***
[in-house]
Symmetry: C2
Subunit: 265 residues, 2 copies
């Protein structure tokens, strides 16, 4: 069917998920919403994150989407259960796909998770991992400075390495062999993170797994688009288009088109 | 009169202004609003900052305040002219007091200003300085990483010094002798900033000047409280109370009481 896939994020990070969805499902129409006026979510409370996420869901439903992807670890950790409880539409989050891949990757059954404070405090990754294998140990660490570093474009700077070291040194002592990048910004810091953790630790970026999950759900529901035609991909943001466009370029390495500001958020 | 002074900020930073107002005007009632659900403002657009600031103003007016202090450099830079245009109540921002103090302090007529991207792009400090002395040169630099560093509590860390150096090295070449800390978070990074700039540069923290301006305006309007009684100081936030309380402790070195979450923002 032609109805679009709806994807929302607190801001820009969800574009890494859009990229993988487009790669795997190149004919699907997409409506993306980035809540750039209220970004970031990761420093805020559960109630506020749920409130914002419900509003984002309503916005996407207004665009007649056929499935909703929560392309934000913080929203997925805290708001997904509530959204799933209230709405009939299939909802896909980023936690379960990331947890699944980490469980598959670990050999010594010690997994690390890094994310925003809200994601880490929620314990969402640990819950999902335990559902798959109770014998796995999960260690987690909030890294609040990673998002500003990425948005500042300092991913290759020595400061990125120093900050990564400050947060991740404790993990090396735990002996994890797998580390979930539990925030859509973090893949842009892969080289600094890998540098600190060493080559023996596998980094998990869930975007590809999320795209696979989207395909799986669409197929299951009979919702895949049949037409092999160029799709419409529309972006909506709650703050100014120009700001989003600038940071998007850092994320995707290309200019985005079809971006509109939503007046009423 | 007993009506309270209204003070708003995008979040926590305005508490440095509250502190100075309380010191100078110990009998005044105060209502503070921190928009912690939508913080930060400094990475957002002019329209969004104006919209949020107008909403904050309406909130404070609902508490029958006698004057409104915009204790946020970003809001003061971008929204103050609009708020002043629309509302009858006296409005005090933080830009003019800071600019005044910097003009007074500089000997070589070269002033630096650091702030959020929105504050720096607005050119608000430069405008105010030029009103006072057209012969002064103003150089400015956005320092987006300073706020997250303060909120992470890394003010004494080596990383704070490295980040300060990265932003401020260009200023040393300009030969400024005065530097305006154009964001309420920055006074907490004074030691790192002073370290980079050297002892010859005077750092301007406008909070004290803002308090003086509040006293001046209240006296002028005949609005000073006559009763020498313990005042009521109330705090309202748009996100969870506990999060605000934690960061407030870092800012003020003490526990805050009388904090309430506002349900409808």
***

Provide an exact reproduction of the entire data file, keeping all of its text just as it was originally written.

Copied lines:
[in-house]
Symmetry: C2
Subunit: 265 residues, 2 copies
């Protein structure tokens, strides 16, 4: 069917998920919403994150989407259960796909998770991992400075390495062999993170797994688009288009088109 | 009169202004609003900052305040002219007091200003300085990483010094002798900033000047409280109370009481 896939994020990070969805499902129409006026979510409370996420869901439903992807670890950790409880539409989050891949990757059954404070405090990754294998140990660490570093474009700077070291040194002592990048910004810091953790630790970026999950759900529901035609991909943001466009370029390495500001958020 | 002074900020930073107002005007009632659900403002657009600031103003007016202090450099830079245009109540921002103090302090007529991207792009400090002395040169630099560093509590860390150096090295070449800390978070990074700039540069923290301006305006309007009684100081936030309380402790070195979450923002 032609109805679009709806994807929302607190801001820009969800574009890494859009990229993988487009790669795997190149004919699907997409409506993306980035809540750039209220970004970031990761420093805020559960109630506020749920409130914002419900509003984002309503916005996407207004665009007649056929499935909703929560392309934000913080929203997925805290708001997904509530959204799933209230709405009939299939909802896909980023936690379960990331947890699944980490469980598959670990050999010594010690997994690390890094994310925003809200994601880490929620314990969402640990819950999902335990559902798959109770014998796995999960260690987690909030890294609040990673998002500003990425948005500042300092991913290759020595400061990125120093900050990564400050947060991740404790993990090396735990002996994890797998580390979930539990925030859509973090893949842009892969080289600094890998540098600190060493080559023996596998980094998990869930975007590809999320795209696979989207395909799986669409197929299951009979919702895949049949037409092999160029799709419409529309972006909506709650703050100014120009700001989003600038940071998007850092994320995707290309200019985005079809971006509109939503007046009423 | 007993009506309270209204003070708003995008979040926590305005508490440095509250502190100075309380010191100078110990009998005044105060209502503070921190928009912690939508913080930060400094990475957002002019329209969004104006919209949020107008909403904050309406909130404070609902508490029958006698004057409104915009204790946020970003809001003061971008929204103050609009708020002043629309509302009858006296409005005090933080830009003019800071600019005044910097003009007074500089000997070589070269002033630096650091702030959020929105504050720096607005050119608000430069405008105010030029009103006072057209012969002064103003150089400015956005320092987006300073706020997250303060909120992470890394003010004494080596990383704070490295980040300060990265932003401020260009200023040393300009030969400024005065530097305006154009964001309420920055006074907490004074030691790192002073370290980079050297002892010859005077750092301007406008909070004290803002308090003086509040006293001046209240006296002028005949609005000073006559009763020498313990005042009521109330705090309202748009996100969870506990999060605000934690960061407030870092800012003020003490526990805050009388904090309430506002349900409808």